KNAC.COM: It comes across. Buckcherry songs have some of the nastiest lyrics. You’ve probably pissed off a few women here and there …

TODD: Maybe.

KNAC.COM: Have you ever been confronted by a woman or anyone who has found your lyrics distasteful or offensive?

TODD: Sure.

KNAC.COM: Feminists?

TODD: No, I would really like that more, actually. It would be fun. I actually thought that when we put out Timebomb with the song “Porno Star” that we were going to get Christians picketing and protesting in front of our shows and all that good stuff, but it never happened. The record never got enough recognition to have that mass movement of haters, but whatever, you know? You gotta take a risk. There’s no more risks in rock and roll. The only people who are taking risks in music are rap artists. Nobody’s taking risks in rock and roll. It’s silly. I’m not saying that you have to sing about chicks and bitches and that kind of stuff, but take a fuckin’ risk. Say what’s on your mind, ‘cause we know you’re thinking it. That’s what I do …I just tell it like it is. I don’t really worry about the results, I don’t worry about getting on radio, and everything seems to fall in place.

KNAC.COM: With contrast to “Crazy Bitch”, “Sorry” is a really sweet, emotional love song. What, or who, was the inspiration for that?

TODD: My wife. Just spending a long time away from her and the struggles of maintaining a relationship and being a music man, and all of that is really what “Sorry” is about.

KNAC.COM: Back to “Crazy Bitch” –that song has really blown up. It’s had a lot of airplay on satellite radio.

TODD: It really wasn’t planned. We weren’t thinking about having it to be our first single. We really just thought “Crazy Bitch” was going to be our street track to say “here we are” …we were going to do this big internet campaign and that was about it. It kind of goes back to what I was saying is like we just kind of stayed out of results. And that song just took off on satellite radio on its own. It was number one most requested on Squizz on XM and Octane on Sirius, and we were getting all this response from it and it was blowing up on the Internet –that we were like “Let’s do a clean edit for radio”, free radio, and we’ll see what happens. We entered at 76 and we’re at number 10 …and it’s climbing …and it’s just doing great. I think, maybe there was a big void for this kind of song, I guess.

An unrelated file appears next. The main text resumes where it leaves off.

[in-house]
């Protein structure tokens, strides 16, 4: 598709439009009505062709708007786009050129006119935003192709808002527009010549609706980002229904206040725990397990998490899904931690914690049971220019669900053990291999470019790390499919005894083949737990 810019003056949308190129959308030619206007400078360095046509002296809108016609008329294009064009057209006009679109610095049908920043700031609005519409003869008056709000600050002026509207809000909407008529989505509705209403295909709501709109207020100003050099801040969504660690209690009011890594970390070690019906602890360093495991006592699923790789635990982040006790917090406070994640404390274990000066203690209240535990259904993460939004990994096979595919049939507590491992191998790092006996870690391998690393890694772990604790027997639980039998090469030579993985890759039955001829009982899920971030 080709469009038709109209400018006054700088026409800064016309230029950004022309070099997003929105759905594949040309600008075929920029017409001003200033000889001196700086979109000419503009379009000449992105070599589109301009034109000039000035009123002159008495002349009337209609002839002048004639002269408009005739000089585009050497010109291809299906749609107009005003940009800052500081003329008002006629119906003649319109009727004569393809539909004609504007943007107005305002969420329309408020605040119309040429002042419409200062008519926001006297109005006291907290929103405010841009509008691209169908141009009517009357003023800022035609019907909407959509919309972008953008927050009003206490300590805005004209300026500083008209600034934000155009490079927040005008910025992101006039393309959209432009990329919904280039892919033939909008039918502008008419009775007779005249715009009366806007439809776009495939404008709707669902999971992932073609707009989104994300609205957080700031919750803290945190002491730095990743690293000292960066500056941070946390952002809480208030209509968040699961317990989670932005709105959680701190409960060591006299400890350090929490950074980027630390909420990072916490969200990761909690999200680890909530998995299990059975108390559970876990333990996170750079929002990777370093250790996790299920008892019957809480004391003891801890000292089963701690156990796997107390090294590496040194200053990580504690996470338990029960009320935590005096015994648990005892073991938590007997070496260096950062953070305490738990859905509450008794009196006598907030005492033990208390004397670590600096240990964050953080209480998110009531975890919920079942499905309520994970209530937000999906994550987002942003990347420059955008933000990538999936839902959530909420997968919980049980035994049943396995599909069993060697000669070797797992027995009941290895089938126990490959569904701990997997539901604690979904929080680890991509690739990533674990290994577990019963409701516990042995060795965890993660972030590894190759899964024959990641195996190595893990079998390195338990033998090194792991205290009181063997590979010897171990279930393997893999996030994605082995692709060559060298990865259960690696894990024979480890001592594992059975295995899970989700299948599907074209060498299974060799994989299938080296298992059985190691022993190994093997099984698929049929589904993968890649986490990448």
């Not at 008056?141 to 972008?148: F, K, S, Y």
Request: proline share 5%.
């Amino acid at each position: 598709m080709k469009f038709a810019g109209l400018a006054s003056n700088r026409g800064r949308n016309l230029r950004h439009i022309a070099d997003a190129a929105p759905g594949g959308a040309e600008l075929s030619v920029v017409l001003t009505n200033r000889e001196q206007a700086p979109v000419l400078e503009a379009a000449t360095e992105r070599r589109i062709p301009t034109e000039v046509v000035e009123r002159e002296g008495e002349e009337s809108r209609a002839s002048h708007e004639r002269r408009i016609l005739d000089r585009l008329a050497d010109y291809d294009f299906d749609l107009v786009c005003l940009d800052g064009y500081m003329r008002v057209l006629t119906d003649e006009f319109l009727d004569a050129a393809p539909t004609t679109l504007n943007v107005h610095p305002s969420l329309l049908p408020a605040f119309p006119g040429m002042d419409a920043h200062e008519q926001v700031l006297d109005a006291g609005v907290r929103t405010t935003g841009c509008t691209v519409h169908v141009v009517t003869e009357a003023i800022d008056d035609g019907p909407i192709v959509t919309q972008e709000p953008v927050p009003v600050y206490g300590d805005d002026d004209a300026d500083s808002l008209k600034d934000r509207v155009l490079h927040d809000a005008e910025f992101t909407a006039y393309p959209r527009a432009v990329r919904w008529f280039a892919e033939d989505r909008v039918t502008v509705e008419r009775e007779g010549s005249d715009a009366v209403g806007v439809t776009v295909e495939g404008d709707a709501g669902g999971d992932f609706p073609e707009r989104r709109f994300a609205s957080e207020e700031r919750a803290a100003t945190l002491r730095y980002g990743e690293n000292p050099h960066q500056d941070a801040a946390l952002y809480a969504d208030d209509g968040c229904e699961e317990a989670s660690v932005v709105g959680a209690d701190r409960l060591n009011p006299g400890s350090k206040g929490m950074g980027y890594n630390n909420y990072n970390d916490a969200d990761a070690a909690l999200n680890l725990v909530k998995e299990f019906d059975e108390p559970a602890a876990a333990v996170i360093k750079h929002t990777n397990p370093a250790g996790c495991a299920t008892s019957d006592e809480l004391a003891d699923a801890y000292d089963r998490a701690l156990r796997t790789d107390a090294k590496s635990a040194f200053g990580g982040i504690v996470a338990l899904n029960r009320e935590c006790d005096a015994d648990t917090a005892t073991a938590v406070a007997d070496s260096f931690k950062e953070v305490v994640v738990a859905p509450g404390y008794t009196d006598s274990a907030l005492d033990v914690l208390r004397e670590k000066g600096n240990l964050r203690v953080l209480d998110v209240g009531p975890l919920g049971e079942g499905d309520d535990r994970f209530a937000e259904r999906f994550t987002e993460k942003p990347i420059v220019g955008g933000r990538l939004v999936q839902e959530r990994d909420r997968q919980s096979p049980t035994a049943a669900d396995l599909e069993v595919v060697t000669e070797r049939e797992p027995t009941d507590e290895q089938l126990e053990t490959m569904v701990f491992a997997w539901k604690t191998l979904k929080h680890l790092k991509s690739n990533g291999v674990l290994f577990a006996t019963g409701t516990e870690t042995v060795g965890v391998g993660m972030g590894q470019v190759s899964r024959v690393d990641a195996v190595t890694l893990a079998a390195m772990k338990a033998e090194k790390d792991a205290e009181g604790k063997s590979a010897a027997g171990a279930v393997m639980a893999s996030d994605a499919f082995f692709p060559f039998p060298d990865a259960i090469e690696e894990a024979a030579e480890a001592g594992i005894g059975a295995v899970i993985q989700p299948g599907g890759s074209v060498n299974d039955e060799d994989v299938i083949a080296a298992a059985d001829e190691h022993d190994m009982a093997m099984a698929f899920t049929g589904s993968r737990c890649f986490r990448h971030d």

KNAC.COM: The video is pretty explicit, right?

TODD: Yeah, we got an explicit one; we got a clean version, too. Then we got a “Behind the Bitch” documentary, behind the video. It was a lot of fun. All we did was did an open casting on our My Space page and just said “Hey, if you wanna be in the video, and you’re a crazy bitch –come down. And they came down, we gave them an open bar with free liquor and we just basically had a party. We put the song on, over and over again, and turned the bottom of the Key Club into a strip club, and it was fun.

KNAC.COM: The song “Brooklyn” –is that about one of your personal experiences in debauchery?

TODD: It’s loosely based on one of mine, when I was in a band called Slamhound and I did my first tour on the East Coast and I just got fuckin’ loaded and wound up in Brooklyn –hanging with some chick. It’s loosely based on that, but it’s kind of a road song, about the road. Everybody loves it, though.

KNAC.COM: It has a bluesy feel with the slide guitar.

TODD: We actually did it electric and faster, and one of the people in our management suggested that we take one of our songs, slow it down and do it acoustic. So we did “Brooklyn” that way and everybody loved it. I wanted Keith to play slide. He’s great slide player – he played a lot of slide on the first record. It adds good flavor to the record …has a nice little flavor.

KNAC.COM: It’s a great record.

TODD: Thank you.

KNAC.COM: I hear a lot of AC/DC in your music.

TODD: Yeah, we’re huge AC/DC fans –that’s one band that we all collectively can agree on—that we love. I’m into timeless rock and roll, and with AC/DC you can put on Highway to Hell right now and it’s fuckin’ amazing.

KNAC.COM: In parting, do you have any thing you want to say to the general audience?

TODD: I just want to encourage everybody to get involved and check out our new record 15, go to our website and sign up for our street team if you want to help out. It’s always great for us to have help and get people involved if they want to be. If you haven’t had a Buckcherry experience and “Crazy Bitch” is the first song that got you into Buckcherry—check out our other records. We got two other ones.

Click on the thumbnail shots for large pictures.






Photos by Charlie Steffens, aka Gnarly Charlie